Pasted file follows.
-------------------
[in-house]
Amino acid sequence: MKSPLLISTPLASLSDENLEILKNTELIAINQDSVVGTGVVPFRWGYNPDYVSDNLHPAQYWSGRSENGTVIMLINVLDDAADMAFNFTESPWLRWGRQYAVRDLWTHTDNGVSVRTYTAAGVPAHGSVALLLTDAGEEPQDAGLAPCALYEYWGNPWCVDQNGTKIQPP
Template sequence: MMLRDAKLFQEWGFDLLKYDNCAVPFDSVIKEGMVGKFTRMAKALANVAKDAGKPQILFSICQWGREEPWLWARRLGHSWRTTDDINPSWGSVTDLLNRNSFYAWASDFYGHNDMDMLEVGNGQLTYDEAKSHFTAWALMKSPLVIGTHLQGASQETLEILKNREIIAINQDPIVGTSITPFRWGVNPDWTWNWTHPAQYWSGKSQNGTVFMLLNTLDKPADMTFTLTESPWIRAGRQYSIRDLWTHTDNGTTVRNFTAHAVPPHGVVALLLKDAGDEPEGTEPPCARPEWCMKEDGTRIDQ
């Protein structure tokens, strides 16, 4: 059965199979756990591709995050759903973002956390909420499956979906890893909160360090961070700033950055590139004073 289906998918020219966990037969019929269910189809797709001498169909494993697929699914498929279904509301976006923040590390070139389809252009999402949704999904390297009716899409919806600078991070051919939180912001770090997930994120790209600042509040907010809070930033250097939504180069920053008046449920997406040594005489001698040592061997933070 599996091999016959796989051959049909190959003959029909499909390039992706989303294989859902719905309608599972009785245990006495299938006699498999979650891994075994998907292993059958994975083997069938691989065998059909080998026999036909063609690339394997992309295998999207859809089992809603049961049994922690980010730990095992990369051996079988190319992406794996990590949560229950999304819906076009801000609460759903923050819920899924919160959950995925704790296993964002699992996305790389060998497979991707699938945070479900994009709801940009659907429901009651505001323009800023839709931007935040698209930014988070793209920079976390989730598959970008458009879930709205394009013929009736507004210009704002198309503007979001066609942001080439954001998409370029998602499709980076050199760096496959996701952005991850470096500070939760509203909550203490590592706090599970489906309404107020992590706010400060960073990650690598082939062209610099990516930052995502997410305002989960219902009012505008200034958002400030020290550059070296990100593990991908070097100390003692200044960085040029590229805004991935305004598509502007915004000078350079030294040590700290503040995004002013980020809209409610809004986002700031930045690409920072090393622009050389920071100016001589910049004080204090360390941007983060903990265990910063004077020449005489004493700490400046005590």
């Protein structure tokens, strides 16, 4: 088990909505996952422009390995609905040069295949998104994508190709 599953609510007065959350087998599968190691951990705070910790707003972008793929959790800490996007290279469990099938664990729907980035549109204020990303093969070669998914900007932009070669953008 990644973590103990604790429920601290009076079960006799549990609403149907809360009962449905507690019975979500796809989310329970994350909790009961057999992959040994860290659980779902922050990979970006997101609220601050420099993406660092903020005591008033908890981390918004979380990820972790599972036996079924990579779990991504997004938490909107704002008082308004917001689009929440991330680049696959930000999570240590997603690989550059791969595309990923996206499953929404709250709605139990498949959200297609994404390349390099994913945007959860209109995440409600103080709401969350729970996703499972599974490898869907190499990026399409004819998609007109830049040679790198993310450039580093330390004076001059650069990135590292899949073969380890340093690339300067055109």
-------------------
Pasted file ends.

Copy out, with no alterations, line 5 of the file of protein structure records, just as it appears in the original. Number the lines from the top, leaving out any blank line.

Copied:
């Protein structure tokens, strides 16, 4: 088990909505996952422009390995609905040069295949998104994508190709 599953609510007065959350087998599968190691951990705070910790707003972008793929959790800490996007290279469990099938664990729907980035549109204020990303093969070669998914900007932009070669953008 990644973590103990604790429920601290009076079960006799549990609403149907809360009962449905507690019975979500796809989310329970994350909790009961057999992959040994860290659980779902922050990979970006997101609220601050420099993406660092903020005591008033908890981390918004979380990820972790599972036996079924990579779990991504997004938490909107704002008082308004917001689009929440991330680049696959930000999570240590997603690989550059791969595309990923996206499953929404709250709605139990498949959200297609994404390349390099994913945007959860209109995440409600103080709401969350729970996703499972599974490898869907190499990026399409004819998609007109830049040679790198993310450039580093330390004076001059650069990135590292899949073969380890340093690339300067055109």